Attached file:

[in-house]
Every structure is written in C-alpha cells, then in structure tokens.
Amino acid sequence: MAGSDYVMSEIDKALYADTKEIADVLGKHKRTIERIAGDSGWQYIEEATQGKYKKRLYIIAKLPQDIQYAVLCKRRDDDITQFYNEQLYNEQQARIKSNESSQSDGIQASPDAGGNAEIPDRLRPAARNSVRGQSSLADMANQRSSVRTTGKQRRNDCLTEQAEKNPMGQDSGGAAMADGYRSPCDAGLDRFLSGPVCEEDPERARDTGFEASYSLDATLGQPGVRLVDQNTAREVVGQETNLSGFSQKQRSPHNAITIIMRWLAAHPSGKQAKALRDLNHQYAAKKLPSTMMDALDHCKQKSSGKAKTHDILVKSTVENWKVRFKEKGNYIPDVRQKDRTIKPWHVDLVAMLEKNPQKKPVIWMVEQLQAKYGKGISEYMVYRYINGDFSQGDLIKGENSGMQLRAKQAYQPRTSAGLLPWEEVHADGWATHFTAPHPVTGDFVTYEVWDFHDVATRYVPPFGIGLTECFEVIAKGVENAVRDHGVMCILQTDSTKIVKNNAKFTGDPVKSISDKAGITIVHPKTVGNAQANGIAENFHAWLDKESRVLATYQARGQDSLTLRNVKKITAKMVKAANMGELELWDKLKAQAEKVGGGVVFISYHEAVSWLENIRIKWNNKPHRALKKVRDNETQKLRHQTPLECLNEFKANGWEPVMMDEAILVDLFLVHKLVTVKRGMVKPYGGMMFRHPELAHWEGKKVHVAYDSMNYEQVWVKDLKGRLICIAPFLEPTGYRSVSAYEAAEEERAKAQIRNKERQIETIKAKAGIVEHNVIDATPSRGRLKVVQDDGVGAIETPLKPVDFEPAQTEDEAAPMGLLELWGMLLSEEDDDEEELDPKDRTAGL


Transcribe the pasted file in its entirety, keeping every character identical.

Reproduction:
[in-house]
Every structure is written in C-alpha cells, then in structure tokens.
Amino acid sequence: MAGSDYVMSEIDKALYADTKEIADVLGKHKRTIERIAGDSGWQYIEEATQGKYKKRLYIIAKLPQDIQYAVLCKRRDDDITQFYNEQLYNEQQARIKSNESSQSDGIQASPDAGGNAEIPDRLRPAARNSVRGQSSLADMANQRSSVRTTGKQRRNDCLTEQAEKNPMGQDSGGAAMADGYRSPCDAGLDRFLSGPVCEEDPERARDTGFEASYSLDATLGQPGVRLVDQNTAREVVGQETNLSGFSQKQRSPHNAITIIMRWLAAHPSGKQAKALRDLNHQYAAKKLPSTMMDALDHCKQKSSGKAKTHDILVKSTVENWKVRFKEKGNYIPDVRQKDRTIKPWHVDLVAMLEKNPQKKPVIWMVEQLQAKYGKGISEYMVYRYINGDFSQGDLIKGENSGMQLRAKQAYQPRTSAGLLPWEEVHADGWATHFTAPHPVTGDFVTYEVWDFHDVATRYVPPFGIGLTECFEVIAKGVENAVRDHGVMCILQTDSTKIVKNNAKFTGDPVKSISDKAGITIVHPKTVGNAQANGIAENFHAWLDKESRVLATYQARGQDSLTLRNVKKITAKMVKAANMGELELWDKLKAQAEKVGGGVVFISYHEAVSWLENIRIKWNNKPHRALKKVRDNETQKLRHQTPLECLNEFKANGWEPVMMDEAILVDLFLVHKLVTVKRGMVKPYGGMMFRHPELAHWEGKKVHVAYDSMNYEQVWVKDLKGRLICIAPFLEPTGYRSVSAYEAAEEERAKAQIRNKERQIETIKAKAGIVEHNVIDATPSRGRLKVVQDDGVGAIETPLKPVDFEPAQTEDEAAPMGLLELWGMLLSEEDDDEEELDPKDRTAGL